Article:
While it may not be the end for Zuffa, the loss could be considered as significant. Its clear there was a reason why the plaintiffs filed in San Jose. They were aware of the potential risks of filing with just a small amount of its plaintiffs having ties to the district. But, the key was how much weight the court would give the forum selection clauses in the contracts. Its clear from the order that the court took a pragmatic approach to the issue (i.e., what do the underlying contracts state) rather than a theoretical one.
We shall see what transpires with the transfer to Nevada.
May 28, 2015
The UFC has issued a statement in light of the comments made by Sara McMann stating that the pending UFC-Reebok sponsorship deal is disproportionately unfair to women fighters.
Via MMA Fighting:
“The new UFC Athlete Outfitting Policy (AOP) equally recognizes each athlete’s tenure in UFC, as well as any bout appearances in the WEC and Strikeforce for the period those organizations were under the Zuffa, LLC ownership. Women fighters with limited bouts under the tenure model are treated the same as other experienced men or women new to UFC from other organizations not included in the tenure model. This new policy was designed to provide an equal opportunity for both men and women in each tenure tier. In addition, the champions and challengers, regardless of tenure, will be equally compensated under the AOP for their bouts, something few other sports can claim.”
The interesting part about this Reebok deal is that if the UFC kept the policy based on the media rankings and the pay were the same across the board for men and women divisions, Zuffa would not be facing a potential gender discrimination lawsuit. Even though a company policy may not be discriminatory on its face, if the application of the policy results in a disparate impact upon a protected class (i.e., women), then the policy may be a civil rights violation. While the UFC’s statement does not harm its position, it is not persuasive either. Civil rights lawsuits are expensive, take time and are hard to prove. Still, the threat of litigation has to have Zuffa concerned.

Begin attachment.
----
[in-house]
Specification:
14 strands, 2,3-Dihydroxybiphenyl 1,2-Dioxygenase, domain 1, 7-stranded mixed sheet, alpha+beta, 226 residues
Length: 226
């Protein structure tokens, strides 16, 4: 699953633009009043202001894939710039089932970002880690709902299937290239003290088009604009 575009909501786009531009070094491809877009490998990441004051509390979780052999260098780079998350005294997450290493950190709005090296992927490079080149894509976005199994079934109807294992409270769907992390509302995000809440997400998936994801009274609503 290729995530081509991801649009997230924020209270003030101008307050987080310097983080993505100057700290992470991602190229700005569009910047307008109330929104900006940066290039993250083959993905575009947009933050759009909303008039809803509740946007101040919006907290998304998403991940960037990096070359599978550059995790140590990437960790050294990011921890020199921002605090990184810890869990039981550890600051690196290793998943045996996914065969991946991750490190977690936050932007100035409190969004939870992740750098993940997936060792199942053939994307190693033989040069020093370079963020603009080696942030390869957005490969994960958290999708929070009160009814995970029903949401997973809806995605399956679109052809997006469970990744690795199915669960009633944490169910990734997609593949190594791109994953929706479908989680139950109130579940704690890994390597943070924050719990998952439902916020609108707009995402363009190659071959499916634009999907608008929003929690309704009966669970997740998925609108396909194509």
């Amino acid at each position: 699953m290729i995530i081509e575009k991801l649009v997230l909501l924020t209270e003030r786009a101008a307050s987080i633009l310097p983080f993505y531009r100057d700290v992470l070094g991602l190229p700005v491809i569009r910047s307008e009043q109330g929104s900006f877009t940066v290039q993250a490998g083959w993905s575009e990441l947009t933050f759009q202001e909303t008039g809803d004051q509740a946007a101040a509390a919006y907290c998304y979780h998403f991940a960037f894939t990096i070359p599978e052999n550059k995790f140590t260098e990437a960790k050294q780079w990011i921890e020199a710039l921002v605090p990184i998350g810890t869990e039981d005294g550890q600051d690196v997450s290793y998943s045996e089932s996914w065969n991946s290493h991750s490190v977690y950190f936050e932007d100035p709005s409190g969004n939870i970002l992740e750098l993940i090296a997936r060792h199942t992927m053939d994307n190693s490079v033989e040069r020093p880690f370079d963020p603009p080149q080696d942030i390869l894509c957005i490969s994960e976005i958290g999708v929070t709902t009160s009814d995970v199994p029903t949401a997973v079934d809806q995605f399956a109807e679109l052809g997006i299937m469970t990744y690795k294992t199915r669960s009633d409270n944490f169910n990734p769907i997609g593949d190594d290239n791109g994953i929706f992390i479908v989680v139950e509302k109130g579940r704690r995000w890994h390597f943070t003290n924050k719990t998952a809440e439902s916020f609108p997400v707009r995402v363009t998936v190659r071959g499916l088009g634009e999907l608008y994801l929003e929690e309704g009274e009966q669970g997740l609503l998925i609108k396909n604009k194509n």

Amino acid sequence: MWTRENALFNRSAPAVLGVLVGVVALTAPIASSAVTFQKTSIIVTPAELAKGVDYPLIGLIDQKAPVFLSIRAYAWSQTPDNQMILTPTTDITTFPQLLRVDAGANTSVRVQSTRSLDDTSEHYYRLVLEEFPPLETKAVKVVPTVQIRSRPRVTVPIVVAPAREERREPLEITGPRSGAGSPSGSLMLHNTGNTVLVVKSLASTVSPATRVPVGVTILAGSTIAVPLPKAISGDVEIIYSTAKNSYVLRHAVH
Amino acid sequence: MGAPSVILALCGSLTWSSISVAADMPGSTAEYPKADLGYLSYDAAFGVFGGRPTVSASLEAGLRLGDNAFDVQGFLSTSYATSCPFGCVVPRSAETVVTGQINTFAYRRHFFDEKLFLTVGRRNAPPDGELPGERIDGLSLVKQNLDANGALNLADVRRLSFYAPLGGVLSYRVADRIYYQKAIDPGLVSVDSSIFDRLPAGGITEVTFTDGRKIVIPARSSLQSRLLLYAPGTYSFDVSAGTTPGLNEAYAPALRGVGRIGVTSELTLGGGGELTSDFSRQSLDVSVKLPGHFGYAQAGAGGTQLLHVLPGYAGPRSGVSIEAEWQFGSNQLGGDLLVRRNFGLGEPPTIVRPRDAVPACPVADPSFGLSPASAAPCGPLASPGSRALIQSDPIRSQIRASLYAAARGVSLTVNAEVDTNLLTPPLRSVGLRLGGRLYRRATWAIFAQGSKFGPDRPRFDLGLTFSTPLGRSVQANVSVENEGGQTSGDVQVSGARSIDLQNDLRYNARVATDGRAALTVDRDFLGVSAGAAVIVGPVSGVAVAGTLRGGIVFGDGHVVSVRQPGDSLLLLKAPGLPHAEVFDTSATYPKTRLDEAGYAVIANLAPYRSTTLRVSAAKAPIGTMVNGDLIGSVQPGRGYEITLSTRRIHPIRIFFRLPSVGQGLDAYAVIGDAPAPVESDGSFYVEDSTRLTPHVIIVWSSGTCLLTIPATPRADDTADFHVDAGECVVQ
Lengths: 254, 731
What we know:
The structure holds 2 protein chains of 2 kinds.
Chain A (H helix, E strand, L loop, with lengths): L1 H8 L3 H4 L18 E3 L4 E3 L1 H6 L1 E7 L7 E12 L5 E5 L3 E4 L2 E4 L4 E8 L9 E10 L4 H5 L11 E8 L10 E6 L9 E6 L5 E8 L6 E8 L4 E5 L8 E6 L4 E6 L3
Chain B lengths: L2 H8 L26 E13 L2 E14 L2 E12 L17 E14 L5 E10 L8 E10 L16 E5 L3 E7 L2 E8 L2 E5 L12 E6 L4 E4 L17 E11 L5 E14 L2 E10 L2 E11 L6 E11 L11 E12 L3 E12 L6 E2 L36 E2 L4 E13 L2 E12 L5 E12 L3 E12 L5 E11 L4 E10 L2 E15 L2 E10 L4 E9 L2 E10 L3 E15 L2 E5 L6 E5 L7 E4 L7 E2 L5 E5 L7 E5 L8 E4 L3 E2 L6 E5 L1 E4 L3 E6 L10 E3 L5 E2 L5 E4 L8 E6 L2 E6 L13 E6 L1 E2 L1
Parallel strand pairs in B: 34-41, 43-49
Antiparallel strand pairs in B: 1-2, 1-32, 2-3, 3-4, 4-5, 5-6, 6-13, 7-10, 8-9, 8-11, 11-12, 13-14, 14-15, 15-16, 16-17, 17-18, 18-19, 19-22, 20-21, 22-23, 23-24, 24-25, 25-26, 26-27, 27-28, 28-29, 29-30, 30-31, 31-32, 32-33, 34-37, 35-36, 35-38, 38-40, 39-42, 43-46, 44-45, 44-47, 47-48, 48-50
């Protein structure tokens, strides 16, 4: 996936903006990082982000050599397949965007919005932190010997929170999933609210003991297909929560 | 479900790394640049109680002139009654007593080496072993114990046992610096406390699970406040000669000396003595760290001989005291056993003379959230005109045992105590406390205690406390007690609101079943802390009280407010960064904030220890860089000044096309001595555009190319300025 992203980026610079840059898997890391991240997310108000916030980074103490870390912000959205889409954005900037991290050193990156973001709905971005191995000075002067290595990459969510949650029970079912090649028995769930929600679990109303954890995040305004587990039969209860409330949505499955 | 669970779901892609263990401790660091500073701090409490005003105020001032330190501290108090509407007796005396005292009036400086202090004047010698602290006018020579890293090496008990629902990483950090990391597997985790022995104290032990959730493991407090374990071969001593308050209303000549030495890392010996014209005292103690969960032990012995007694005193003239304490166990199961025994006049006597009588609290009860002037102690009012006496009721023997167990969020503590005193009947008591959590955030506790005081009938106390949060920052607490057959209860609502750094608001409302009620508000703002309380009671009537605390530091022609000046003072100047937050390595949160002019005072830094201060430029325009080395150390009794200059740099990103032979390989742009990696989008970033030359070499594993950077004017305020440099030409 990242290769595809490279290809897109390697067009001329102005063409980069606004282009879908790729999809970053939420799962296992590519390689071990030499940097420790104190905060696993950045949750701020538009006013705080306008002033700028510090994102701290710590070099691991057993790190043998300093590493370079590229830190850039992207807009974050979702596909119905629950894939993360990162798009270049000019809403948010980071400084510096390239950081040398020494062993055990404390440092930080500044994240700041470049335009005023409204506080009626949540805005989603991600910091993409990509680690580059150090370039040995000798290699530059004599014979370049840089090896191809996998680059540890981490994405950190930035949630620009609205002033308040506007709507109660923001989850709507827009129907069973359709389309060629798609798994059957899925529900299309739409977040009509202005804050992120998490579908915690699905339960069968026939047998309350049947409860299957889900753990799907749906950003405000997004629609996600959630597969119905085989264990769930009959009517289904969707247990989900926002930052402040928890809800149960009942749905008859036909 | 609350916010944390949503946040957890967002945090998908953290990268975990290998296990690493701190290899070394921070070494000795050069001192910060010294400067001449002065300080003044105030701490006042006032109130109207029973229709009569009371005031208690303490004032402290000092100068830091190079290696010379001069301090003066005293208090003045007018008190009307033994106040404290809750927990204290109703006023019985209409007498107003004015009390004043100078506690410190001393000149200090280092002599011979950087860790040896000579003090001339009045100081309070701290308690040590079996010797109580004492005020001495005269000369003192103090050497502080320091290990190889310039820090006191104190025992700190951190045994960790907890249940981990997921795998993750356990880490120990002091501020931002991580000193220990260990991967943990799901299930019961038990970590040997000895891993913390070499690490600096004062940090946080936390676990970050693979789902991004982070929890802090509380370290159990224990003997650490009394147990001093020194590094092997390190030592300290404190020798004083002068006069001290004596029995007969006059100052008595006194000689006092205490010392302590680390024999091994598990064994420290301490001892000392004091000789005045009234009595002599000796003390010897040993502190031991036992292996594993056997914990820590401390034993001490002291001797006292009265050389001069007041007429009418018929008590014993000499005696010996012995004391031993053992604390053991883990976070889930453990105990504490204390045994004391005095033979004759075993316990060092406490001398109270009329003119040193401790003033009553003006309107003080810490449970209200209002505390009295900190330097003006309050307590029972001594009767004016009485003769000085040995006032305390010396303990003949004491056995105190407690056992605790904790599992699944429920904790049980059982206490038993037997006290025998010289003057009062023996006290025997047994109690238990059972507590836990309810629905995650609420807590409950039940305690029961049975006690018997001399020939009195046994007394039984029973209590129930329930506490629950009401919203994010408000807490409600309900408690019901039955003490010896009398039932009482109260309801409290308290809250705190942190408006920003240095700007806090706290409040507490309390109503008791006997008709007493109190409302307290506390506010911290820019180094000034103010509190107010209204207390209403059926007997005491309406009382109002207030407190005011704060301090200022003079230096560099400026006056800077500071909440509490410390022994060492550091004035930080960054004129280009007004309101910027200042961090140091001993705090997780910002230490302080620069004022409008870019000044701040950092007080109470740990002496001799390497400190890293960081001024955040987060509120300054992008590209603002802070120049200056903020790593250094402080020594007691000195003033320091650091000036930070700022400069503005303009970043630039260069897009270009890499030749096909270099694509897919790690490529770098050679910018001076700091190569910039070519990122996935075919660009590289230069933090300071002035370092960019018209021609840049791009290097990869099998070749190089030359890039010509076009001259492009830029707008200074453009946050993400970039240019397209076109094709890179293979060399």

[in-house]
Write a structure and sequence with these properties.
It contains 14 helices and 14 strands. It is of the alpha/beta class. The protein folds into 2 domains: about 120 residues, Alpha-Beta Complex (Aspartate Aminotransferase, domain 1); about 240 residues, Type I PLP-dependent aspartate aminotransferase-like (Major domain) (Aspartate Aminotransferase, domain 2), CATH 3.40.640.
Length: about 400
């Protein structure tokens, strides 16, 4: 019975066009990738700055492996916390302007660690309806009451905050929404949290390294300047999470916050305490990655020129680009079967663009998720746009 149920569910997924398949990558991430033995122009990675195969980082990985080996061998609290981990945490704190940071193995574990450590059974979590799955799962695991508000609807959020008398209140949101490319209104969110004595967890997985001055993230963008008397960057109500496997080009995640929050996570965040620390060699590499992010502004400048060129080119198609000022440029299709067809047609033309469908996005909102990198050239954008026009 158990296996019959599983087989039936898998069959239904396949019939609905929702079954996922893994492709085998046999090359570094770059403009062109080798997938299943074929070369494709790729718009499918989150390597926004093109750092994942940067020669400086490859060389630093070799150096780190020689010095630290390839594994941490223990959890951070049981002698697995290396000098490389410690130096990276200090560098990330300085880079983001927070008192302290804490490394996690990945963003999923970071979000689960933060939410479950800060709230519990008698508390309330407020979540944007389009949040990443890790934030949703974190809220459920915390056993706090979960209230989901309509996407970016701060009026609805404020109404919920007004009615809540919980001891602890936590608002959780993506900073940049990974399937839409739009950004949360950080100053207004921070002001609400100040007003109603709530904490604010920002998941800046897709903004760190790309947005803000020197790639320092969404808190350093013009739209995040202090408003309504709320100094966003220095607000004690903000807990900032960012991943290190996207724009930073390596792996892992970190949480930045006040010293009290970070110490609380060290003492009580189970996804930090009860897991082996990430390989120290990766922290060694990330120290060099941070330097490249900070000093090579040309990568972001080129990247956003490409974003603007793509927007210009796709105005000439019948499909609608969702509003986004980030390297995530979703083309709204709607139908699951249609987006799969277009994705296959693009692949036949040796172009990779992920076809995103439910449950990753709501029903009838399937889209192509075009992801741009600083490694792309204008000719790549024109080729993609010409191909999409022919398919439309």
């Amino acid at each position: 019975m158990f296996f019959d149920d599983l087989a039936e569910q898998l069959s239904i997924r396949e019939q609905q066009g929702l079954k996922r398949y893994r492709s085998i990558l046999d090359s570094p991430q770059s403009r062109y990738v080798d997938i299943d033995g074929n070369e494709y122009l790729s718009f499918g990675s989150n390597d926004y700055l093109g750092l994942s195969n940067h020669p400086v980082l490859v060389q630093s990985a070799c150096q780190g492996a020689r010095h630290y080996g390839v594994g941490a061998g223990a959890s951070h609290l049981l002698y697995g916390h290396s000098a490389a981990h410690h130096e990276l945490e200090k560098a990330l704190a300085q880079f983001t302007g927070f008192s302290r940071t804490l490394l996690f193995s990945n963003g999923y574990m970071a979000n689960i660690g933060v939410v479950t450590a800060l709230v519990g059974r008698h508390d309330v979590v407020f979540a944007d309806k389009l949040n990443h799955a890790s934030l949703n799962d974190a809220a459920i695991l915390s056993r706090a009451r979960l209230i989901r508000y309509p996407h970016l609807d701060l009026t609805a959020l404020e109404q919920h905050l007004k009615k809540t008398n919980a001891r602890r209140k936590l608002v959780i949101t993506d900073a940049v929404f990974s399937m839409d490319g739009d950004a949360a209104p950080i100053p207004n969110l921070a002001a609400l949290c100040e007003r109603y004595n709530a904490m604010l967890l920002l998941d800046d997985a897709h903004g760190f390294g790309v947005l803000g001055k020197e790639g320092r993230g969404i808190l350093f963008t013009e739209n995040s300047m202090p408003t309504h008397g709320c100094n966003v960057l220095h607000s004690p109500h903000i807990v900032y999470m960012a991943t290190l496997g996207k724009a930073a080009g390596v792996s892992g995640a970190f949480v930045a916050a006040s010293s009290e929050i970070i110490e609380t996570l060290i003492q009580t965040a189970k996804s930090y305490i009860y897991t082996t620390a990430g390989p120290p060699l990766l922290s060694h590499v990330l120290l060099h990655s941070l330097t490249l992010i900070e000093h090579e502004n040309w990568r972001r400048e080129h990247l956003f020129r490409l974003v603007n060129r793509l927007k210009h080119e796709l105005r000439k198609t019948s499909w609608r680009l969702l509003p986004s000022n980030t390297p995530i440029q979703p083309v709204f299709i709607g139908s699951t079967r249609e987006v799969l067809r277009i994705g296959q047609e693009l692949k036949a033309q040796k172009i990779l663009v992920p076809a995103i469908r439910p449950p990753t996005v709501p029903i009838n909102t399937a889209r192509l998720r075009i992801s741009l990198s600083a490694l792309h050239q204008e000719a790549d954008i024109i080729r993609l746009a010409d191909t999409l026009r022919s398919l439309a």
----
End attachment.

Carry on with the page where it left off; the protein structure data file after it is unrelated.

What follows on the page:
May 27, 2015
MMA Fighting reports UFC women’s bantamweight Sara McMann is speaking out about the UFC’s new uniform deal and is considering legal action because she believes that the policy may be unfair to female fighters.
McMann was interviewed by Ariel Helwani on The MMA Hour and believes that the pay structure based on the number of fights a fighter has with the company is unfair to women. Women were added to the UFC two years ago and according to McMann 86% of the women in the UFC will fall in the first tier of compensation. Thus, they will receive only $2,500 per fight.
While Ronda Rousey is one of the top stars and highest paid fighters in the UFC, she is the exception to most women fighters in the company. Rousey and Joanna Jedrzejczyk will make $40,000 per fight from the Reebok deal. All champions make $40,000 per fight.
McMann indicated that she is speaking to a lawyer with experience in “Title IX cases.”